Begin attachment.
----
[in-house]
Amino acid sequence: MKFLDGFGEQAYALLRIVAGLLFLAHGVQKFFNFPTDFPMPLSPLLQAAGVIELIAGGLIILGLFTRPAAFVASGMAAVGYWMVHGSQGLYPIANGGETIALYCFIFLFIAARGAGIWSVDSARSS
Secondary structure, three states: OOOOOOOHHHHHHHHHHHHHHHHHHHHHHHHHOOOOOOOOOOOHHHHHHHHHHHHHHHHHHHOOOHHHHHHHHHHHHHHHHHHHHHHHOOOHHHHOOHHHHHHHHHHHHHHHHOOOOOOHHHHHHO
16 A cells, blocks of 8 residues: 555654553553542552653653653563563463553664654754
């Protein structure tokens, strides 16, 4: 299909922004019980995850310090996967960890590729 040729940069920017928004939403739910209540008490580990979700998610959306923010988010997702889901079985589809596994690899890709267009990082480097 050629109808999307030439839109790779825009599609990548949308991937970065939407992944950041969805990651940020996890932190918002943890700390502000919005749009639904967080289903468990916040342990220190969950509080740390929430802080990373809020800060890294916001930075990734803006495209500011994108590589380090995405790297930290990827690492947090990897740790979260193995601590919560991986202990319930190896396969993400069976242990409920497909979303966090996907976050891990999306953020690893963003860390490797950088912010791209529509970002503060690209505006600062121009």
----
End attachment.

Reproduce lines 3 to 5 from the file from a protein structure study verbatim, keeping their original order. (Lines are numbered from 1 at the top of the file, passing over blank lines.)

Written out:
Secondary structure, three states: OOOOOOOHHHHHHHHHHHHHHHHHHHHHHHHHOOOOOOOOOOOHHHHHHHHHHHHHHHHHHHOOOHHHHHHHHHHHHHHHHHHHHHHHOOOHHHHOOHHHHHHHHHHHHHHHHOOOOOOHHHHHHO
16 A cells, blocks of 8 residues: 555654553553542552653653653563563463553664654754
């Protein structure tokens, strides 16, 4: 299909922004019980995850310090996967960890590729 040729940069920017928004939403739910209540008490580990979700998610959306923010988010997702889901079985589809596994690899890709267009990082480097 050629109808999307030439839109790779825009599609990548949308991937970065939407992944950041969805990651940020996890932190918002943890700390502000919005749009639904967080289903468990916040342990220190969950509080740390929430802080990373809020800060890294916001930075990734803006495209500011994108590589380090995405790297930290990827690492947090990897740790979260193995601590919560991986202990319930190896396969993400069976242990409920497909979303966090996907976050891990999306953020690893963003860390490797950088912010791209529509970002503060690209505006600062121009």